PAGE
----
Headline formulas and the psychology behind them
- Surprising headlines are winning headlines because our brains love novelty.
- The brain’s pleasure centers like unpredictable pleasant things, compared to expected pleasant events.
- We may subconsciously prefer an unpredictable experience over what we think we want.
- Questions are powerful in the brain because they prime our curiosity. Just seeing a question mark starts to stimulate your brain; whereas if you already know what you’re going to get from something like a headline, your curiosity might be over before it can even start.
- The best question headlines ask something that the reader can empathize with or relate to or would like to see answered.
- Curiosity requires a little bit of initial knowledge. We’re not curious about something we know absolutely nothing about.
- But as soon as we know even a little bit, our curiosity is piqued and we want to learn more.
- Research shows that curiosity increases with knowledge: the more we know, the more we want to know.
- Outbrain compared positive superlative headlines, negative superlatives headlines and no superlative headlines.
- The study found that headlines with positive superlatives performed 29% worse and headlines with negative superlatives performed 30% better.
- The average click-through rate on headlines with negative superlatives was 63% higher than with positive ones.
5. How to
- A lot of advertising writers say that if you start with the words “how to,” you can’t write a bad headline. After all, we all want to get smarter and better.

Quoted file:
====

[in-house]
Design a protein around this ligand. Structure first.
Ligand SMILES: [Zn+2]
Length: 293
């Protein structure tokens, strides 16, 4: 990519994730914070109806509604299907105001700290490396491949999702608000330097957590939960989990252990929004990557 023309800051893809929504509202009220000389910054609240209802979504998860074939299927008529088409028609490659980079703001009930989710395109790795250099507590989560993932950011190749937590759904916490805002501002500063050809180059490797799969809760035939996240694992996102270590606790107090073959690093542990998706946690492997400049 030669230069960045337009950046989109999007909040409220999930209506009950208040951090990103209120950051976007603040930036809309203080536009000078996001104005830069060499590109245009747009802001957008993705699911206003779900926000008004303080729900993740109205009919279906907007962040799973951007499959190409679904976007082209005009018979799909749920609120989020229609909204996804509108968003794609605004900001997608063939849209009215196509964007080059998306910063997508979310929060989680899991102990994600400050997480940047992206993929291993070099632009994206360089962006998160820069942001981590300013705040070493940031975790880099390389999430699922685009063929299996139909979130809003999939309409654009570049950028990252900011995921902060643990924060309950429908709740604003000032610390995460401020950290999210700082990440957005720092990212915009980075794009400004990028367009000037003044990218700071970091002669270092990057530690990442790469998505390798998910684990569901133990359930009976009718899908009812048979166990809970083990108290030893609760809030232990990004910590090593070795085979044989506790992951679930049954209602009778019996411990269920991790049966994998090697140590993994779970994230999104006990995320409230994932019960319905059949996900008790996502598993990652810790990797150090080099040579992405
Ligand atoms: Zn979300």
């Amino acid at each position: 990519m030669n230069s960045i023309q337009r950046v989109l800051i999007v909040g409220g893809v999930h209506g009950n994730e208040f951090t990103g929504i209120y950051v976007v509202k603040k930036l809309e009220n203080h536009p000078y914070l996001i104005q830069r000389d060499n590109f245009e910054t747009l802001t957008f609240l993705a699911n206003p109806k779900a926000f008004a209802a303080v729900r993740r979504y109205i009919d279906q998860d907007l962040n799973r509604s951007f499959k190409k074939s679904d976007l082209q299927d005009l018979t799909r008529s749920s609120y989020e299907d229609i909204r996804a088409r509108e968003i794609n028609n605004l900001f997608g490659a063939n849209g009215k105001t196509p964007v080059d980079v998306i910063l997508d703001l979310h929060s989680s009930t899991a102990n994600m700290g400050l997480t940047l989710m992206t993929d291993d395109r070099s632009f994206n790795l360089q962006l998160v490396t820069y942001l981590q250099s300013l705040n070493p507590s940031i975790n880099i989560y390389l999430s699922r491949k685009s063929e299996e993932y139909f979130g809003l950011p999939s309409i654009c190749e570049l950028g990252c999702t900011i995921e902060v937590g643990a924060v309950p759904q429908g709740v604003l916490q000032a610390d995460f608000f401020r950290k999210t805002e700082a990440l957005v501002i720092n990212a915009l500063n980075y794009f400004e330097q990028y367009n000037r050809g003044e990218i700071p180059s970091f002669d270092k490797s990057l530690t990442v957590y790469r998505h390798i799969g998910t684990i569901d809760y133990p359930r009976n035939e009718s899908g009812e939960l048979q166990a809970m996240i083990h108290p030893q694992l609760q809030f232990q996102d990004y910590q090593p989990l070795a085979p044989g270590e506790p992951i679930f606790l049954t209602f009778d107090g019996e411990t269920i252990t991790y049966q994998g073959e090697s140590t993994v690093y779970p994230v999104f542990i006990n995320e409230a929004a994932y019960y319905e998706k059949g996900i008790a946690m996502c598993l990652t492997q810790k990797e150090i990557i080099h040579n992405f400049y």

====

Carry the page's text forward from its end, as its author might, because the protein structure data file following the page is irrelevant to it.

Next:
- Witness the power of one of the most famous how-to headlines from the book titled “How to Win Friends and Influence People”.
- Numbers work well in headlines because humans like predictability and dislike uncertainty.
- Numbers can help by providing that expectation management for us, so we know exactly what we’re getting into.
7. Audience referencing
- Audience referencing basically means using the word “you” or implicating your audience directly with your headline.
- With an audience referencing headline, your reader immediately feels known and named. This construction gets attention because of the way our brains are fixated on solving problems.
- When you are the precise target audience for a headline, your brain basically says, ‘That’s for me!’
- Make statements concrete by using specific facts rather than broad statements.
- Specific, quantifiable concrete facts, particularly ones that form pictures in our minds.
- Figures imply research, which adds to your legitimacy.
- All kinds of specificity are good: digits, names, descriptions, titles, examples, projections, results.
- Being specific also helps to demonstrate that the article will be in depth, and appeals to our urge to know what we’re getting into when we click.
The key is to keep finding new ways to engage your audience by being experimental with what you write, while testing rigorously.